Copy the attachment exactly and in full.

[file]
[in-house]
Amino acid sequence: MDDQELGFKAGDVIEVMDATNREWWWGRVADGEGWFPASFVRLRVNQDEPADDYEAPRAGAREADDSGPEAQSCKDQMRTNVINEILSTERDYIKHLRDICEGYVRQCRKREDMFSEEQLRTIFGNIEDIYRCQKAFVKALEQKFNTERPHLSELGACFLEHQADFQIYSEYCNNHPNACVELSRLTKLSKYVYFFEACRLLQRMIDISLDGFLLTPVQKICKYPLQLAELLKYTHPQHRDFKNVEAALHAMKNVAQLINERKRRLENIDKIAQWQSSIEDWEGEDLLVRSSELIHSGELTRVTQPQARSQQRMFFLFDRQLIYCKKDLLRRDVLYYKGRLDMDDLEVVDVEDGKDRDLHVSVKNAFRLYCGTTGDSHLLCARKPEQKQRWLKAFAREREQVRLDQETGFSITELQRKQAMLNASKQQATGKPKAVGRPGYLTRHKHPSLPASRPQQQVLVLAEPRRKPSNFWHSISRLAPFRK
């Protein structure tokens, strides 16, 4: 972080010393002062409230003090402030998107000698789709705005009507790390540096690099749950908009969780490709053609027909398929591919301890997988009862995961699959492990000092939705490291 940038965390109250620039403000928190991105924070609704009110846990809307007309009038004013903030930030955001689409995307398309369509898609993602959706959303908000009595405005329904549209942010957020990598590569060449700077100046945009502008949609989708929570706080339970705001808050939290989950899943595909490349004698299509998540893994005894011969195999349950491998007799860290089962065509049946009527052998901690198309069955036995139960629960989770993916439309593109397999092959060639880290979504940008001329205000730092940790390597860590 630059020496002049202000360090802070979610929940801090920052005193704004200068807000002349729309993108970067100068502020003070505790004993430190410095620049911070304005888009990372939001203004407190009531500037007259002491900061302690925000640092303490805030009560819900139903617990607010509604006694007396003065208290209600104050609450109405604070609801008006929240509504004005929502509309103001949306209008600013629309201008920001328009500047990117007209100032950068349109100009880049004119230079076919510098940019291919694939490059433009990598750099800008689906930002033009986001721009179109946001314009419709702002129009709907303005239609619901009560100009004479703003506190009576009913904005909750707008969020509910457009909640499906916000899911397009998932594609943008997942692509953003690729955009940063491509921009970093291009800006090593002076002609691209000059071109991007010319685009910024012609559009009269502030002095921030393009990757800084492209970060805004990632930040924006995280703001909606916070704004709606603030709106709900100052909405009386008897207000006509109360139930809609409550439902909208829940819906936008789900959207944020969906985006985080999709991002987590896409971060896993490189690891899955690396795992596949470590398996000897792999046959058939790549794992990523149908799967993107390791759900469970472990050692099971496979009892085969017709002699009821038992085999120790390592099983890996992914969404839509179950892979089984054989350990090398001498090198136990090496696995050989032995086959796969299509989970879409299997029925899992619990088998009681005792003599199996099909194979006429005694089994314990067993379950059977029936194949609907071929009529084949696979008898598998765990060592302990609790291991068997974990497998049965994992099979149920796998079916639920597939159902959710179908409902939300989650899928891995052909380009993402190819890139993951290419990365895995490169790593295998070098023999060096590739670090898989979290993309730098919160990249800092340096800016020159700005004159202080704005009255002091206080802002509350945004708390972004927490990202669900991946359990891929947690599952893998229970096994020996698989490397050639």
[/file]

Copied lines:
[in-house]
Amino acid sequence: MDDQELGFKAGDVIEVMDATNREWWWGRVADGEGWFPASFVRLRVNQDEPADDYEAPRAGAREADDSGPEAQSCKDQMRTNVINEILSTERDYIKHLRDICEGYVRQCRKREDMFSEEQLRTIFGNIEDIYRCQKAFVKALEQKFNTERPHLSELGACFLEHQADFQIYSEYCNNHPNACVELSRLTKLSKYVYFFEACRLLQRMIDISLDGFLLTPVQKICKYPLQLAELLKYTHPQHRDFKNVEAALHAMKNVAQLINERKRRLENIDKIAQWQSSIEDWEGEDLLVRSSELIHSGELTRVTQPQARSQQRMFFLFDRQLIYCKKDLLRRDVLYYKGRLDMDDLEVVDVEDGKDRDLHVSVKNAFRLYCGTTGDSHLLCARKPEQKQRWLKAFAREREQVRLDQETGFSITELQRKQAMLNASKQQATGKPKAVGRPGYLTRHKHPSLPASRPQQQVLVLAEPRRKPSNFWHSISRLAPFRK
């Protein structure tokens, strides 16, 4: 972080010393002062409230003090402030998107000698789709705005009507790390540096690099749950908009969780490709053609027909398929591919301890997988009862995961699959492990000092939705490291 940038965390109250620039403000928190991105924070609704009110846990809307007309009038004013903030930030955001689409995307398309369509898609993602959706959303908000009595405005329904549209942010957020990598590569060449700077100046945009502008949609989708929570706080339970705001808050939290989950899943595909490349004698299509998540893994005894011969195999349950491998007799860290089962065509049946009527052998901690198309069955036995139960629960989770993916439309593109397999092959060639880290979504940008001329205000730092940790390597860590 630059020496002049202000360090802070979610929940801090920052005193704004200068807000002349729309993108970067100068502020003070505790004993430190410095620049911070304005888009990372939001203004407190009531500037007259002491900061302690925000640092303490805030009560819900139903617990607010509604006694007396003065208290209600104050609450109405604070609801008006929240509504004005929502509309103001949306209008600013629309201008920001328009500047990117007209100032950068349109100009880049004119230079076919510098940019291919694939490059433009990598750099800008689906930002033009986001721009179109946001314009419709702002129009709907303005239609619901009560100009004479703003506190009576009913904005909750707008969020509910457009909640499906916000899911397009998932594609943008997942692509953003690729955009940063491509921009970093291009800006090593002076002609691209000059071109991007010319685009910024012609559009009269502030002095921030393009990757800084492209970060805004990632930040924006995280703001909606916070704004709606603030709106709900100052909405009386008897207000006509109360139930809609409550439902909208829940819906936008789900959207944020969906985006985080999709991002987590896409971060896993490189690891899955690396795992596949470590398996000897792999046959058939790549794992990523149908799967993107390791759900469970472990050692099971496979009892085969017709002699009821038992085999120790390592099983890996992914969404839509179950892979089984054989350990090398001498090198136990090496696995050989032995086959796969299509989970879409299997029925899992619990088998009681005792003599199996099909194979006429005694089994314990067993379950059977029936194949609907071929009529084949696979008898598998765990060592302990609790291991068997974990497998049965994992099979149920796998079916639920597939159902959710179908409902939300989650899928891995052909380009993402190819890139993951290419990365895995490169790593295998070098023999060096590739670090898989979290993309730098919160990249800092340096800016020159700005004159202080704005009255002091206080802002509350945004708390972004927490990202669900991946359990891929947690599952893998229970096994020996698989490397050639």